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Spinning Iranís Centrifuges

Prepared by: Lionel Beehner
Updated: May 23, 2007

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Iran is making progress with its nuclear program, according to the latest report (PDF) by the International Atomic Energy Agency. After short-notice inspections (AP) at Natanz revealed that Iranian engineers were operating 1,300 centrifuges and producing reactor-ready fuel, nuclear experts now predict the Islamic Republic could have as many as three thousand centrifuges installed by midsummer. Once operational, these would be enough to produce fissile material for one nuclear weapon per year. The Iranians previously had technical difficulties spinning the centrifuges at the speeds needed to produce nuclear fuel, but they appear to have solved this obstacle (BBC) and developed “knowledge about how to enrich.” Although Tehran maintains its nuclear program is for peaceful purposes, Western governments accuse it of seeking the capability to build a nuclear weapon.

The latest developments may alter Western diplomats’ timetables. “The worst-case estimate,” writes Ephraim Asculai, a senior research fellow at the Institute for Science and International Security, in the Canada Free Press, “is that Iran could have a sufficient quantity of HEU [highly enriched uranium] for a nuclear weapon as early as 2008 or 2009.” Yet some American and Israeli experts suggest Mohamed ElBaradei, director general of the IAEA, may have overstated Iran’s nuclear progress to avert further sanctions (Haaretz) from being imposed. Regardless, Under-Secretary of State for Political Affairs R. Nicholas Burns, in an interview with the New York Times, envisions a “third set of [UN Security Council] sanctions.” EU and Iranian negotiators will meet on May 31 to discuss the matters (U.S. and Iranian diplomats meet May 27 in Baghdad but the talks will be confined to Iraqi security issues).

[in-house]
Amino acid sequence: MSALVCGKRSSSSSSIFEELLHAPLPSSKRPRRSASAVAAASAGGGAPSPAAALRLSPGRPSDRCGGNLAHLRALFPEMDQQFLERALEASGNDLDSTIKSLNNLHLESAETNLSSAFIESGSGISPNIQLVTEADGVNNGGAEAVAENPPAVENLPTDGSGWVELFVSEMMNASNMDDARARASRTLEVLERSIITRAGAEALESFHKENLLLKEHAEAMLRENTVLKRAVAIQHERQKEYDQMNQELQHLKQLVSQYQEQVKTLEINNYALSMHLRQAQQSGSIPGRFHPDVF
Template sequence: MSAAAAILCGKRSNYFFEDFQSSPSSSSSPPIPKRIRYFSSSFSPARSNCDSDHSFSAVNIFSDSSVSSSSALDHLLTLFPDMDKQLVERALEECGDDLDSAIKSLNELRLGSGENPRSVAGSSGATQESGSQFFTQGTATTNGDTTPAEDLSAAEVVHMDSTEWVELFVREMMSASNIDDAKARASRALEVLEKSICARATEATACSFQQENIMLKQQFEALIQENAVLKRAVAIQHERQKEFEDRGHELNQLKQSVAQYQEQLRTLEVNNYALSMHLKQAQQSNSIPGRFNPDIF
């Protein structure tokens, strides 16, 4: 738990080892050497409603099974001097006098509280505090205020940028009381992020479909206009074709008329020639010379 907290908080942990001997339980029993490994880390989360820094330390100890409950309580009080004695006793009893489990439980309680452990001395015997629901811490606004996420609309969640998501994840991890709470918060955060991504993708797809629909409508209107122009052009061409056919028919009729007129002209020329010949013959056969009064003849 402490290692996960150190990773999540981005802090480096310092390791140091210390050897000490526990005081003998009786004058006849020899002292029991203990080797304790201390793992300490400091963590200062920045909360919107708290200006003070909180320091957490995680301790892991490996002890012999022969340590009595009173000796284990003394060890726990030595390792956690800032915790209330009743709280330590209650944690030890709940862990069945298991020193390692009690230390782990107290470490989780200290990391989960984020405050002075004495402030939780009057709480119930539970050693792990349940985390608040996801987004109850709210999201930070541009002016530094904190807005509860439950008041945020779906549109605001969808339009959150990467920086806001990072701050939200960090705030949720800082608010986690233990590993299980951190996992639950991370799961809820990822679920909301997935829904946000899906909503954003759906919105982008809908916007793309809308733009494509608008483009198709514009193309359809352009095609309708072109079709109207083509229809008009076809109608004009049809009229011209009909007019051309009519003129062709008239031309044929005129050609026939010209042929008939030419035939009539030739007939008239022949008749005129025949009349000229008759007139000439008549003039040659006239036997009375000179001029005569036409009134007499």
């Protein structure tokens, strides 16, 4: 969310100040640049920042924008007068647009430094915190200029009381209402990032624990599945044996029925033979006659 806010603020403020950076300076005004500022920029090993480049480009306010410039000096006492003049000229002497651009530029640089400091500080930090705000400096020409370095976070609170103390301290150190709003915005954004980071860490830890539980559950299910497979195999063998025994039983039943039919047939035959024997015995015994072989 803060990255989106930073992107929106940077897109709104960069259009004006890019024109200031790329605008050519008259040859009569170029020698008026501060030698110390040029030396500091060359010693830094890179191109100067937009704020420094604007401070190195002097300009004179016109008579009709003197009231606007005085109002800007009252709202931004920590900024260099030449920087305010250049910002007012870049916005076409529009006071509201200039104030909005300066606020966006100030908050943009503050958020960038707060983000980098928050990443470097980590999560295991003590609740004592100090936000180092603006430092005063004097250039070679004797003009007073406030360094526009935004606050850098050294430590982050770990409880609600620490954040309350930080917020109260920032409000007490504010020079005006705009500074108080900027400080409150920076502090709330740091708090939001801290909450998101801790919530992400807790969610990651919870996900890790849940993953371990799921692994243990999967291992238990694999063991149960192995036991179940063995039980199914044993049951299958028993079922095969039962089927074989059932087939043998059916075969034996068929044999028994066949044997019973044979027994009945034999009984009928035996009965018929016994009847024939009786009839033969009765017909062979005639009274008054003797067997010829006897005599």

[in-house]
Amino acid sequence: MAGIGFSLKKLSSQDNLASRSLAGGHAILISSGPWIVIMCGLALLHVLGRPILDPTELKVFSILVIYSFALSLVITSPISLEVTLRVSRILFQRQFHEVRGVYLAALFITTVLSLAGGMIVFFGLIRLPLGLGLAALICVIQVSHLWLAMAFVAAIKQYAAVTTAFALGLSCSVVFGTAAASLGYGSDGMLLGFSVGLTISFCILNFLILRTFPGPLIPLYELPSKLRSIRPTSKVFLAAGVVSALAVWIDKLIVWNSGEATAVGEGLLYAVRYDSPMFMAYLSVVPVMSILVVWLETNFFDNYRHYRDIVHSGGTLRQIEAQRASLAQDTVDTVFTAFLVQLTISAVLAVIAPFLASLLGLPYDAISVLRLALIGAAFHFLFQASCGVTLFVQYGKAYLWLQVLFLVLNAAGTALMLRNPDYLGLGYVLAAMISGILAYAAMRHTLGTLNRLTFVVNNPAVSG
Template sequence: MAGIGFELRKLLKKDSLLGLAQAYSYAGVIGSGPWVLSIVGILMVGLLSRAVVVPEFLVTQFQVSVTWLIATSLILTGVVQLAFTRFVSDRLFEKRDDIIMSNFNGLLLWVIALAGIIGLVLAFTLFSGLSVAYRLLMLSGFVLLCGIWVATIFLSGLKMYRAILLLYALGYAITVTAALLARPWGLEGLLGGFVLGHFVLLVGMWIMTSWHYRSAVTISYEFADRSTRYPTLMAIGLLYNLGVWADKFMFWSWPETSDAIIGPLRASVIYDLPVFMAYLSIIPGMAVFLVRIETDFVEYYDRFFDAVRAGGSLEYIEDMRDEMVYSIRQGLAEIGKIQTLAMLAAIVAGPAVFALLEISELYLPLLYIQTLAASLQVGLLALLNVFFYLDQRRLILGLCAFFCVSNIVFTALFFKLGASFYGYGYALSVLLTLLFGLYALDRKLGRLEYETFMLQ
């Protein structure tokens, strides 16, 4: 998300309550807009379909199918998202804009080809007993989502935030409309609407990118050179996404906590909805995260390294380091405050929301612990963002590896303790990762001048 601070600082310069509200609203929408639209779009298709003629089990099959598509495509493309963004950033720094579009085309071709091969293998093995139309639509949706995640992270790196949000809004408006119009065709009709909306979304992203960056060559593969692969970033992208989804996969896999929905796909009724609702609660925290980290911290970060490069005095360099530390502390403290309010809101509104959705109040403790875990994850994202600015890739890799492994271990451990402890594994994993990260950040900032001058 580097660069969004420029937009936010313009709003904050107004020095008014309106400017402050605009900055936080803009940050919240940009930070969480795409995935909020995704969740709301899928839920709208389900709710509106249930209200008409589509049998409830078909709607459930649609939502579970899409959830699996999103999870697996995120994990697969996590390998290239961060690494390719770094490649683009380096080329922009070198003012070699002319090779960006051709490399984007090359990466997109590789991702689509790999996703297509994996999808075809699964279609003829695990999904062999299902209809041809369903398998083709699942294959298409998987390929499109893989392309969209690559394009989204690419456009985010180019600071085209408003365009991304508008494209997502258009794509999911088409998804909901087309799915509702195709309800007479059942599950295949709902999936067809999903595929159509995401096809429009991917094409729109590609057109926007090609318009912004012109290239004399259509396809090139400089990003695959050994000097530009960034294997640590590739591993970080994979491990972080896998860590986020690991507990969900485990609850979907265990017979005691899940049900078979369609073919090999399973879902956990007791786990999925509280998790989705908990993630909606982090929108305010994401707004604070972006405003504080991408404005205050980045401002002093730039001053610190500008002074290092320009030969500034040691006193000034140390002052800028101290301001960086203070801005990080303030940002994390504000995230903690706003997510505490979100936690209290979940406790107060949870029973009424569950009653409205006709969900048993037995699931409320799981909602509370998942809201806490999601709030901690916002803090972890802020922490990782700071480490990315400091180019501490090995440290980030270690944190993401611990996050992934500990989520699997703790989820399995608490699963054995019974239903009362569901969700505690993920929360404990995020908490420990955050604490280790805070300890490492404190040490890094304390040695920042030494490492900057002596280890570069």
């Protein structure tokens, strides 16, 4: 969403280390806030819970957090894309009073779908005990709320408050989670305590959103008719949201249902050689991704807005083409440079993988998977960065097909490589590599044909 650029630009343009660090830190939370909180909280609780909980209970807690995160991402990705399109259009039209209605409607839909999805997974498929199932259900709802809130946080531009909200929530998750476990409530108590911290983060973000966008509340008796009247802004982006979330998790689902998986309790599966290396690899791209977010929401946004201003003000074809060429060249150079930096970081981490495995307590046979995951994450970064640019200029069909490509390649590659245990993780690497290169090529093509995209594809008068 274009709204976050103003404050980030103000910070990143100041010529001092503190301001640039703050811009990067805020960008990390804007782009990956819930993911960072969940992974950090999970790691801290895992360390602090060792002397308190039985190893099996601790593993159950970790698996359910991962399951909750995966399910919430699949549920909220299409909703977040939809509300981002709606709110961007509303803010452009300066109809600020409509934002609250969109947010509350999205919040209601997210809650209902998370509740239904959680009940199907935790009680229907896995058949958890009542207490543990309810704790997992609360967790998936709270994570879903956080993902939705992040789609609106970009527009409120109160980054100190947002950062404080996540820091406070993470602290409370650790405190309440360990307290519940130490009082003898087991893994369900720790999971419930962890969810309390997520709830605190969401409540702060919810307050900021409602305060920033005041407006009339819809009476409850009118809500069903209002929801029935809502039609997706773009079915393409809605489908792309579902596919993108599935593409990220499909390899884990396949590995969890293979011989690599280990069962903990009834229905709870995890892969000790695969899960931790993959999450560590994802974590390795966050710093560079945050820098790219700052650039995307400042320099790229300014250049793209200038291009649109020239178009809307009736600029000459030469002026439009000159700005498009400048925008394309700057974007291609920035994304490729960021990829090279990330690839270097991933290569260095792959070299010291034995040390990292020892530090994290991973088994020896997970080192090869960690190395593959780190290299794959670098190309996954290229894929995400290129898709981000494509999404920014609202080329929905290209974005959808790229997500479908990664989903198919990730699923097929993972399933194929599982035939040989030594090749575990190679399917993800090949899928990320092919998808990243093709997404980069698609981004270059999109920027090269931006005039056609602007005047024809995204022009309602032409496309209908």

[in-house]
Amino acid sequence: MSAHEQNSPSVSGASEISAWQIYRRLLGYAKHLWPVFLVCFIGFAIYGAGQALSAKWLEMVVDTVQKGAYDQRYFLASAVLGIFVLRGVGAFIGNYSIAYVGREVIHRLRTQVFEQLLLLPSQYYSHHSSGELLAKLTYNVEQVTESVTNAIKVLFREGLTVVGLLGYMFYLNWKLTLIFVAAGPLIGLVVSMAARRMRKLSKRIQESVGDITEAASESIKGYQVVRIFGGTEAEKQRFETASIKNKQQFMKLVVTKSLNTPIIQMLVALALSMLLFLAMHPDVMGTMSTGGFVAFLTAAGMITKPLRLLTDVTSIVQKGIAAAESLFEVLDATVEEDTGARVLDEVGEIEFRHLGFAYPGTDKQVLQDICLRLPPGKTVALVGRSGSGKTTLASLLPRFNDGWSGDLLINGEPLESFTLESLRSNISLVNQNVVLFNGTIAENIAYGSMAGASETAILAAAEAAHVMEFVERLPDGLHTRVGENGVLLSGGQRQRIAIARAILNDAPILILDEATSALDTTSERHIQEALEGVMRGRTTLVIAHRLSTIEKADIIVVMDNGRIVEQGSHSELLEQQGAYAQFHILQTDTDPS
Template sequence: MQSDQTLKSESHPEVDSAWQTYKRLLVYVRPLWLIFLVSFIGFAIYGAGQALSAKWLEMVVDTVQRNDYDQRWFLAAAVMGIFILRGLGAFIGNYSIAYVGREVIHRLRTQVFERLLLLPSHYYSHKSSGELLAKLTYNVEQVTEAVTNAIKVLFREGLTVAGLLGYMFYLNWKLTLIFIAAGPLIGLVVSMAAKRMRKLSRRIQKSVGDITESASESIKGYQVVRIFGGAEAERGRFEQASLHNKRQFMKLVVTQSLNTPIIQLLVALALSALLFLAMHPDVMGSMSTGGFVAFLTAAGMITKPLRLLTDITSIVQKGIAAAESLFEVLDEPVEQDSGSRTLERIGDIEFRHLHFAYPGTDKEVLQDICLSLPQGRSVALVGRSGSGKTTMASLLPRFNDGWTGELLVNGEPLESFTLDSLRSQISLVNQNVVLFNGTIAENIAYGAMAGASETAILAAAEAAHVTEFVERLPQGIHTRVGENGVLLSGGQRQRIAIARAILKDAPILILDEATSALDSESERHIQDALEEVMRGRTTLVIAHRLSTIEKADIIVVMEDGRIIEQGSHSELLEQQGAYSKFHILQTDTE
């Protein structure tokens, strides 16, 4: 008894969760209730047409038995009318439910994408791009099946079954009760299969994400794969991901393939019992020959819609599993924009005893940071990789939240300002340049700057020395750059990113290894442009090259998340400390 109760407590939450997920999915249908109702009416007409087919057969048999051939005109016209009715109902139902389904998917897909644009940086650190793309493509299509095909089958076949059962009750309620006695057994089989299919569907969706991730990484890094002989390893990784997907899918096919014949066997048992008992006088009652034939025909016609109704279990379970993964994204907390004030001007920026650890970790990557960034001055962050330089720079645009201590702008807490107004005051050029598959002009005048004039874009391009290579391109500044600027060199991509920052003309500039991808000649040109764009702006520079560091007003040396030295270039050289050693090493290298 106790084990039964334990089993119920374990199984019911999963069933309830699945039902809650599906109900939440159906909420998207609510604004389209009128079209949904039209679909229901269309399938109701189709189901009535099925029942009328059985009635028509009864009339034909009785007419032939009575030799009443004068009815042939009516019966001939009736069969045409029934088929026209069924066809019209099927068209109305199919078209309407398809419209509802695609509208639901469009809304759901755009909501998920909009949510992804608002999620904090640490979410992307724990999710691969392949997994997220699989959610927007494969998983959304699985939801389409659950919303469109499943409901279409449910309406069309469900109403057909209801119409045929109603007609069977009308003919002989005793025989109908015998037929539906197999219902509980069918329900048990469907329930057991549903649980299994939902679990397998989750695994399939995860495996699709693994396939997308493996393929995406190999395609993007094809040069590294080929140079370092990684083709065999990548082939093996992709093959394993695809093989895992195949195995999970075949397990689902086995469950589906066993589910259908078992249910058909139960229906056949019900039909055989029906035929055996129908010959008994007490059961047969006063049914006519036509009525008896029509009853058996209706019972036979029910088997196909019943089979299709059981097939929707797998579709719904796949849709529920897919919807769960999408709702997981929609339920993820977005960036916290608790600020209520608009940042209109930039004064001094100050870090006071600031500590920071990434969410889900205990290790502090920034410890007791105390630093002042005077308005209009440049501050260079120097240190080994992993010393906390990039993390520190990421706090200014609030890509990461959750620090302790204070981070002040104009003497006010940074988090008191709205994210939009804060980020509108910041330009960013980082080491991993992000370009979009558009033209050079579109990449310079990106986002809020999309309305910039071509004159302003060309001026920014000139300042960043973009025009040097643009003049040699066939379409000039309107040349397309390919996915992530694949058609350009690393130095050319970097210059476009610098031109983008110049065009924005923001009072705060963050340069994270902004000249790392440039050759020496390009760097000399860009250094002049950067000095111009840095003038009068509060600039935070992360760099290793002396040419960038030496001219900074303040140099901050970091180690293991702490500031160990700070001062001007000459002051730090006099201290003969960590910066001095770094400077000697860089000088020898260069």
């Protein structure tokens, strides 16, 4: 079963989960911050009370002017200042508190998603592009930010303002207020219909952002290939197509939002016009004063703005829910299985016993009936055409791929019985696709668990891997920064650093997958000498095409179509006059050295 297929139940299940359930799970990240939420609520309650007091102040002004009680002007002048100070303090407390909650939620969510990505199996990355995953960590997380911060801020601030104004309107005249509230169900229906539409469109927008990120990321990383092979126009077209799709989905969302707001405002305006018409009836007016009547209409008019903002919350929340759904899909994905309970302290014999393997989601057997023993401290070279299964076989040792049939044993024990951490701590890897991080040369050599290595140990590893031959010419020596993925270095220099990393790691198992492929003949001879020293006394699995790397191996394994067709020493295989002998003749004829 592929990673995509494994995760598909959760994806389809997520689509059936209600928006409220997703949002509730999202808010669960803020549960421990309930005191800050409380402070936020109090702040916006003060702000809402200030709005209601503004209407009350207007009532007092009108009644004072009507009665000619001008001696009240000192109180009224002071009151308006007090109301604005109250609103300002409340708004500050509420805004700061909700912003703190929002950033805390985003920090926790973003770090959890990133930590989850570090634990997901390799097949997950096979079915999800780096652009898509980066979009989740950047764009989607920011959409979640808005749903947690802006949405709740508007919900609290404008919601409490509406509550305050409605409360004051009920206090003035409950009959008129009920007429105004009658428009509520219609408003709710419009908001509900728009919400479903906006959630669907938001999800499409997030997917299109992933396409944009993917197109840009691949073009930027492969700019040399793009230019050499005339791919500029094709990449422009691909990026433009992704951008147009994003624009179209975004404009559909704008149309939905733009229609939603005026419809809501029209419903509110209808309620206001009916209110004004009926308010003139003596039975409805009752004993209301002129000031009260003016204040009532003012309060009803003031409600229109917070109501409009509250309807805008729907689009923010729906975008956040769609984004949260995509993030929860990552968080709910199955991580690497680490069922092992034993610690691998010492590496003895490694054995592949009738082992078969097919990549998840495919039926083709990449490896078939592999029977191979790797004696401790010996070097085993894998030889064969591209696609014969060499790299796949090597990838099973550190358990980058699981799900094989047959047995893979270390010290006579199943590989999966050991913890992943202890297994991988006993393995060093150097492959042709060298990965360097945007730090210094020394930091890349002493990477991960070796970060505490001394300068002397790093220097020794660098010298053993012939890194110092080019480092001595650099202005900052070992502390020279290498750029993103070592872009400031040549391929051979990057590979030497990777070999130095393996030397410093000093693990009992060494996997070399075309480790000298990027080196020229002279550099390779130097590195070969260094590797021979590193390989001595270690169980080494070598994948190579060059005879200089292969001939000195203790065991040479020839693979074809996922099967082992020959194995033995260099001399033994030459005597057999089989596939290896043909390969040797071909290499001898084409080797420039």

Washington demands suspension of Tehran’s enrichment program as a precursor to any direct talks on the nuclear program. “Otherwise…they can simply run out the clock and continue to play a waiting game,” says Tom Casey, a State Department spokesman. But some experts say that given the new facts on the ground and the level of know-how and nuclear progress the Iranians have achieved, a temporary suspension may no longer make sense. “Suspension has been a futile effort,” says CFR’s Charles Ferguson in this new podcast. “It means we would buy some time but does not necessarily mean it would prevent Iran from further mastery.” Or, as ElBaradei told reporters, “From now on, it is simply a question of perfecting that knowledge. People will not like to hear it, but that’s a fact.” Hence, some Western diplomats say they should focus more now on preventing Iran from opting out of legal frameworks like the Nuclear Nonproliferation Treaty.

This interactive CFR timeline looks at U.S.-Iranian relations, while this Backgrounder examine U.S. intelligence on Iran’s nuclear program. Robert Litwak of the Wilson Center and Michael Rubin of the American Enterprise Institute debate the merits of regime change in Tehran in an online debate.

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